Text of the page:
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Making Good Use of Bad Weather: Finding Metal-poor Stars Through the Clouds

April 17, 2019

Figure 1. Equatorial and Galactic coordinate distribution of the stars observed with Gemini North and Gemini South in poor weather conditions.

The Gemini telescopes helped identify low-metallicity stars by gathering medium-resolution spectroscopic GMOS data for 666 bright stars under poor weather conditions. These data provide a unique opportunity to explore the chemical evolution of the Milky Way and look at the enrichment of star-forming gas clouds in the early Universe.

Note: Below are highlights from an article published in the April 2019 issue of GeminiFocus by Principal Investigator Vinicius Placco of the University of Notre Dame. The original papers were published in The Astrophysical Journal and The Astronomical Journal.

Low-metallicity stars (stars with less than 1% of the elements heavier than Hydrogen and Helium than the Sun contains) are the Rosetta Stones of stellar astrophysics. Encoded in the atmosphere of these low-mass, long-lived relics are the signatures of the processes by which the first chemical elements were cooked up, perhaps as early as a few tens of millions of years after the Big Bang. These stars are believed to be the direct descendants of the first stars to be born in the Universe, which were massive and short-lived. Hence, second-generation, low-metallicity stars are the artifacts which help us write the ancient chemical history of the Universe.

In particular, the Extremely Metal-Poor stars (EMP - with iron abundances of 1/1,000 of the solar value) are believed to carry in their atmospheres the chemical fingerprints of the evolution of as few as one first-generation massive star. EMP stars are intrinsically rare (less than 30 stars identified to date with iron abundances of 1/10,000 of the solar value) and the majority (more than 60%) show a very strong molecular carbon signature in their optical spectrum. The low-metallicity and strong carbon also affect the colors of these stars in optical wavelengths. Taking advantage of this, we were able to preselect bright candidates from two public stellar databases — the RAdial Velocity Experiment (RAVE) and the Best & Brightest Survey (B&B). We then used the Gemini Multi-Object Spectrograph (GMOS; North and South) with the B600 gratings and 1-arcsecond slits to obtain the spectra of 666 stars (see Figure 1).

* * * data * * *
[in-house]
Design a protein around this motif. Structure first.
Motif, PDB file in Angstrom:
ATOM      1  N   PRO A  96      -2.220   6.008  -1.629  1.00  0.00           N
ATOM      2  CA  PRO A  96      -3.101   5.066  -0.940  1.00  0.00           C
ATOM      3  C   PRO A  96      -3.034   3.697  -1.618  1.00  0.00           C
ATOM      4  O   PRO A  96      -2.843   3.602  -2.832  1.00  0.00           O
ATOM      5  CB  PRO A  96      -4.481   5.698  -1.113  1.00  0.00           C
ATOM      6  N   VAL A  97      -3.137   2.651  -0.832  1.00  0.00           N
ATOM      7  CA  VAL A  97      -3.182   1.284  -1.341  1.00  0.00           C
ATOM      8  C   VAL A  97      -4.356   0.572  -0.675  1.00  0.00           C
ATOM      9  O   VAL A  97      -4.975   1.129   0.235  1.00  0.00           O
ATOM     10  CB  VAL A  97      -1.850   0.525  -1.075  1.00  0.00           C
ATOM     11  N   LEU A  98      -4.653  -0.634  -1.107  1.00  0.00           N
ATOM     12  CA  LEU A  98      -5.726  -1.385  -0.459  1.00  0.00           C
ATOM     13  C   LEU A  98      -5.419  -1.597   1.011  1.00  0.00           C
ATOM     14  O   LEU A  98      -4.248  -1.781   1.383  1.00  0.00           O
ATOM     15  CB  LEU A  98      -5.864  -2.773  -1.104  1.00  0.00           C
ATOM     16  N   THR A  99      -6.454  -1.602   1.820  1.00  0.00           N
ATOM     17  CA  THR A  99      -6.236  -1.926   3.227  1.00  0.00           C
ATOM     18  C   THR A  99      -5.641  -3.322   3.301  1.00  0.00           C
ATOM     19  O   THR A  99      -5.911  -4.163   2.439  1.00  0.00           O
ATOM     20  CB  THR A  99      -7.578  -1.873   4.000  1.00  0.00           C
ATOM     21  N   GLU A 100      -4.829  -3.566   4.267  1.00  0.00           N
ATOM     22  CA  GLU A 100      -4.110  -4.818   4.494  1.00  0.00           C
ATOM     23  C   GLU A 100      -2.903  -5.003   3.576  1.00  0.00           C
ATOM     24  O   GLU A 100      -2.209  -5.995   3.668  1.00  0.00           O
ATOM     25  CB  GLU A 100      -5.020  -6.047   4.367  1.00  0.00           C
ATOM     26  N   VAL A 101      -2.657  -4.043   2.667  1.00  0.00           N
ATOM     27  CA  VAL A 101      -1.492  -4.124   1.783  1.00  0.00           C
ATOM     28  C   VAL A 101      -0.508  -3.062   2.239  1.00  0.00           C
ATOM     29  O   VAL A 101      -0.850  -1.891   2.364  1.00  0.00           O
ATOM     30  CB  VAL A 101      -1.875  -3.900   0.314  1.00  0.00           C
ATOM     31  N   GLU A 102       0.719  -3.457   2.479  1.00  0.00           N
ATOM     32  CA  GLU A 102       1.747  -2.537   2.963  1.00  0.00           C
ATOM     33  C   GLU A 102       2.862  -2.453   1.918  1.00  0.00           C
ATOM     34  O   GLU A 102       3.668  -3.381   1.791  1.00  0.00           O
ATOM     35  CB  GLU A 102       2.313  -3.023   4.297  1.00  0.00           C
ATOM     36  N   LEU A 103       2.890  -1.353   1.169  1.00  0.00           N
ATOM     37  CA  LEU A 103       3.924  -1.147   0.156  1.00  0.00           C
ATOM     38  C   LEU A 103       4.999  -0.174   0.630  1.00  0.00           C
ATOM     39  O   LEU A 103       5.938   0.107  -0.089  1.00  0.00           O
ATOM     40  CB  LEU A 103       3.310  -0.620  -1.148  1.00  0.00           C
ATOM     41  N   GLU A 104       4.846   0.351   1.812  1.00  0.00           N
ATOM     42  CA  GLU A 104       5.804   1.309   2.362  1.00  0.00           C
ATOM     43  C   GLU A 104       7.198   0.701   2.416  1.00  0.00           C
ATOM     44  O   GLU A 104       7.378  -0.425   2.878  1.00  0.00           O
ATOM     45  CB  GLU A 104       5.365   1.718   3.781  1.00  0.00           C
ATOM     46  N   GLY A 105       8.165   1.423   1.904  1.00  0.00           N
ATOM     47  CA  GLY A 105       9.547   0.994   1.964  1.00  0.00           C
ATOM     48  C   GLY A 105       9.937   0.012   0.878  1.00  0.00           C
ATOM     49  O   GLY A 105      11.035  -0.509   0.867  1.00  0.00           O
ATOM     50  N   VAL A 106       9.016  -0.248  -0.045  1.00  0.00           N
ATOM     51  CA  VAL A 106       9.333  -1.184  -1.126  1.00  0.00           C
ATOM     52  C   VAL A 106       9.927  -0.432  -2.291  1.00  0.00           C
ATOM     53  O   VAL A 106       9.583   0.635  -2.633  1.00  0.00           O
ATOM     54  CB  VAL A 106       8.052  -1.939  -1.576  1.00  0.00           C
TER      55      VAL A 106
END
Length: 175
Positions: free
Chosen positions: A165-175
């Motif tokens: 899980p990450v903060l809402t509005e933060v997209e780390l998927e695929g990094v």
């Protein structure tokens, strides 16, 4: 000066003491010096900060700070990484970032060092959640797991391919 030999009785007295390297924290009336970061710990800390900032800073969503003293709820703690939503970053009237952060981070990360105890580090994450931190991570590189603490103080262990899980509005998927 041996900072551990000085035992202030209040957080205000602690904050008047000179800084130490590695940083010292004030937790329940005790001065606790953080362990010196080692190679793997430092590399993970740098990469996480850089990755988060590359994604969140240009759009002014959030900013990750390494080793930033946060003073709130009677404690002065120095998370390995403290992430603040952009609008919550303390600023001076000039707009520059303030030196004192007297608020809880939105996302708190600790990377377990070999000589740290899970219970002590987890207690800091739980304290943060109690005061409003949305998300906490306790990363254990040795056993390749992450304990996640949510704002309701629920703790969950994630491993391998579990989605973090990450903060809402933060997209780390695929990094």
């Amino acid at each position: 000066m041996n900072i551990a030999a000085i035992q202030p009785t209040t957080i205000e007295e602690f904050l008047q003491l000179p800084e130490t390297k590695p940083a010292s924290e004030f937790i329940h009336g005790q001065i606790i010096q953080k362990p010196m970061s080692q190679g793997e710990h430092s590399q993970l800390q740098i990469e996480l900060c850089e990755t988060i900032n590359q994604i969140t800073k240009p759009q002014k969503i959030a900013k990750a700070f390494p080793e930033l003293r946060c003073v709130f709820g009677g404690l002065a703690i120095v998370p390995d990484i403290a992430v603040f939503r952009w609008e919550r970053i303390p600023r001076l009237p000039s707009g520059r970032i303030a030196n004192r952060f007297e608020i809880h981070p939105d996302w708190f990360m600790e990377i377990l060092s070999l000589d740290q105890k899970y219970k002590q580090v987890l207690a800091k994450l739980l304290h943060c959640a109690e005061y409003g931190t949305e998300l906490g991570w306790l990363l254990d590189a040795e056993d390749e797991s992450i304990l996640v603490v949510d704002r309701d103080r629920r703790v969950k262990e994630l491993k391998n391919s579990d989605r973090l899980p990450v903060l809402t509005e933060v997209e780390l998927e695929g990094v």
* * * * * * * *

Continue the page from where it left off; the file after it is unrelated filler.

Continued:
In total, seven GMOS Poor Weather programs were executed (three in the North and four in the South) spanning four semesters (from 2015A to 2016B). Those programs had 310 hours of allocated time, and, assuming the 666 targets took 222 hours of observing time, the efficiency was around 72%, meaning that only 28% of the already poor weather was lost, which is a great accomplishment for the program and the Observatory.

The spectra gathered at Gemini/GMOS are of sufficient quality (signal-to-noise ratios and spectral resolution) to allow for the determination of stellar atmospheric parameters: effective temperature, surface gravity, metallicity, and carbon abundance. A subset of these stars were then re-observed in higher-resolution, so it was possible to determine their full chemical abundance pattern. There is already a study published based on the extremely metal-poor star J2005-3057, first identified at Gemini (Cain et al., 2018). We are also gathering high-resolution data for the most carbon-enhanced stars identified by Gemini and the results are also promising. In the near future, such bright stars will be perfect targets for high-resolution spectroscopic follow-up with GHOST, which will be a great asset in pushing these efforts forward.


Gemini Observatory Participants